State v. Artis

Decision Date11 February 1986
Citation503 A.2d 1181,198 Conn. 617
CourtConnecticut Supreme Court
PartiesSTATE of Connecticut v. Robert Earl ARTIS.

Timothy H. Everett, Bridgeport, with whom, on brief, was Timothy Pothin, Certified Legal Intern, for appellant (defendant.)

Edmund C. Tiryakian, Sp. Deputy Asst. State's Atty., with whom were Julia D. Dewey, Asst. State's Atty., and, on brief, Arnold Markle, State's Atty., for appellee (State).


CALLAHAN, Justice.

The defendant was charged in a substitute information with sexual assault in the first degree in violation of General Statutes (Rev. to 1979) § 53a-70(a) 1 and unlawful restraint in the first degree in violation of General Statutes § 53a-95(a). 2 After a trial, a jury found him guilty as charged and he was sentenced to an effective term of imprisonment of not less than seven nor more than fourteen years. The defendant has appealed claiming that there was insufficient evidence for the jury to have found him guilty of sexual assault in the first degree and, therefore, that the trial court erred in denying his motion for acquittal. The sole issue on appeal is whether the state presented sufficient evidence of penetration for the jury to find that element of the crime proved beyond a reasonable doubt.

A recital of some of the relevant facts which the jury might reasonably have found is necessary for consideration of the defendant's claim. On the evening of October 23, 1980, while waiting for a bus at the corner of Grand Avenue and Shelter Street in New Haven, the victim was offered a ride by Willie Barrett 3 and the defendant, Robert Earl Artis, both of whom she had known for a number of years. Instead of driving her to her destination, the two took her to a dirt road in a remote area of Wallingford. Once there, both the defendant and Barrett climbed into the back seat of Barrett's car where the victim was seated. The victim was then punched and threatened with a sharp instrument and despite her struggles her jeans and underpants were removed. The victim testified that at that point her legs were "tight together, straight, facing the front ways," but that Barrett was holding her around the waist and the defendant was "[t]rying to open--pull my legs apart." They eventually succeeded in opening her legs. Then, she said, "Robert had sex with me" and "Robert did it." In response to the state's attorney's question, "When you say he 'did it' did he have sexual intercourse with you?" The victim answered, "Yes." She also answered "yes" to the state's attorney's question, "At some point Robert finished having sex with you, is that correct?" Barrett then had sexual intercourse with the victim.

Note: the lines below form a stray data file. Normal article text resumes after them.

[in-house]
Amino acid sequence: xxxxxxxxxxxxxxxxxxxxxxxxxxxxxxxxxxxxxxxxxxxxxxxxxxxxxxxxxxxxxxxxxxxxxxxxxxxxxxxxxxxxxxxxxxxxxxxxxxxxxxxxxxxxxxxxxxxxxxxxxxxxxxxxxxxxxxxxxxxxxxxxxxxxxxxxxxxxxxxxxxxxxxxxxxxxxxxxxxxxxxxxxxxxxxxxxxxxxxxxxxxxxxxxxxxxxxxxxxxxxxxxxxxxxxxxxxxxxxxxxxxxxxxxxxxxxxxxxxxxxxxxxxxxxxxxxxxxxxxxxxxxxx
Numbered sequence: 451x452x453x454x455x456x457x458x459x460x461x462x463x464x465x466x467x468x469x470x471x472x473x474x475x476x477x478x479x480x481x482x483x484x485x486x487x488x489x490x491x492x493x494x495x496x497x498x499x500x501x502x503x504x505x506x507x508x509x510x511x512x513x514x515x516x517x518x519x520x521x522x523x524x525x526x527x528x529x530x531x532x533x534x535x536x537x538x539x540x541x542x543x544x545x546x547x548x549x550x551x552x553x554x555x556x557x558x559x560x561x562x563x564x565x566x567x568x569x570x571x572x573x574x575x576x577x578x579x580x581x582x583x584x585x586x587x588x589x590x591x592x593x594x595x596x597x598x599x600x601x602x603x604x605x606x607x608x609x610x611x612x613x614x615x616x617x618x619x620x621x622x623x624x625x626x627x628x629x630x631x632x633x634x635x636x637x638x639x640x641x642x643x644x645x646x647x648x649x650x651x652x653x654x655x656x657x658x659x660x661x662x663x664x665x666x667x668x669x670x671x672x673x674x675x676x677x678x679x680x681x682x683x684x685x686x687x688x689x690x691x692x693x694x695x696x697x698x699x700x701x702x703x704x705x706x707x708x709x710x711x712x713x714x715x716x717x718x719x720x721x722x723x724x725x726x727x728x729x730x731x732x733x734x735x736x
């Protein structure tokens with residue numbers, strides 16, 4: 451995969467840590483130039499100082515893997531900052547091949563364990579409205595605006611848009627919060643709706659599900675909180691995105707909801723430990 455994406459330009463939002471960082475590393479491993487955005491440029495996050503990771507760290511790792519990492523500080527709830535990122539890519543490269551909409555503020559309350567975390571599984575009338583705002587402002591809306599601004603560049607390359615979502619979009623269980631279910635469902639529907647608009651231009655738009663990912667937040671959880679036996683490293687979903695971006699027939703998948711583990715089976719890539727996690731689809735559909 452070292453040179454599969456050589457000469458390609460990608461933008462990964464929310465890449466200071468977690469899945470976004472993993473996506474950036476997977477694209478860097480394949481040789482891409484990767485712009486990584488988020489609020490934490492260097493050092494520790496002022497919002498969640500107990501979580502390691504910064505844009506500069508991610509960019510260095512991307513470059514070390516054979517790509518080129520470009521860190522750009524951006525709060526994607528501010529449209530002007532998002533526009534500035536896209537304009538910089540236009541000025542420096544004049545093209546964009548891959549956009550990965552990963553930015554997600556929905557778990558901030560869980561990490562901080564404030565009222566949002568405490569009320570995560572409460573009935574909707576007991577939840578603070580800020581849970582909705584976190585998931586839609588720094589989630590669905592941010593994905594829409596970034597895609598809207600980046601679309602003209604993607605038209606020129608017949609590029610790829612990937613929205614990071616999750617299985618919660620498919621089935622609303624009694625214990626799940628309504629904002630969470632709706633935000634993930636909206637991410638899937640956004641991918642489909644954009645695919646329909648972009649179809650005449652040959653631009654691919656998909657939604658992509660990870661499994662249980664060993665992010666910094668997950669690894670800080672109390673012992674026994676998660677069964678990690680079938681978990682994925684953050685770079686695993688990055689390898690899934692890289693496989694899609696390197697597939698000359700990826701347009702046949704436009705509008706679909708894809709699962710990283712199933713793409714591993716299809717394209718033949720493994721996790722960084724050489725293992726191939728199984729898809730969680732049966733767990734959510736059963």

The victim was then released from the car without jeans or underpants in order to relieve herself. She made an unsuccessful attempt to obtain aid or escape but returned to the car when the pair threatened to leave her. She thought then that her ordeal was over. The defendant, however, drove the car a short distance to a circular area, stopped and again got into the back seat with Barrett and the victim. The victim "started tussling with them again" but Barrett had sexual relations with her. The state's attorney asked, "And then, when he was through, what happened?" The victim answered "Robert." The state's attorney asked, "Robert, what?" The victim replied, "He had sex with me." The state's attorney then asked, "And he got into the back seat and had regular sexual intercourse with you?" The victim answered, "Yes." The defendant then got behind the wheel and started to drive, and Barrett got "on top" of her and had "sex" with her again.

Eventually the victim was driven to her home in New Haven. Upon leaving Barrett's car, she ran toward her house screaming for her brother. She encountered her brother's girlfriend and told her she had "just got raped" by Barrett and the defendant. Shortly thereafter she told a female New Haven police officer that she "had got raped." She also testified that she told a physician at Yale-New Haven Hospital that she "had got raped." On cross-examination, in response to a question by defense counsel asking her if she recalled how many times she was "sexually assaulted" by the defendant, the victim answered "twice."

Richard Holden, a physician who examined the victim at Yale-New Haven Hospital in the early morning hours of October 24, testified that he observed bruising of the victim's face and wrist but that that he did not observe any injury to the vagina or pelvic region. He also testified that swabs he took did not reveal the presence of sperm, but that that was "not unusual." Abraham Stolman, a toxicologist, testified that an examination revealed seminal stains on the defendant's underpants and on the victim's underpants.

The defendant claims that because the victim neither used the word "penetration" in her testimony nor testified explicitly that she had been penetrated when the defendant engaged in sexual intercourse with her, the state failed to produce sufficient evidence to prove his guilt. He argues that there must be some direct evidence or testimony that there was penetration before a jury can determine beyond a reasonable doubt that vaginal sexual intercourse has occurred. We disagree.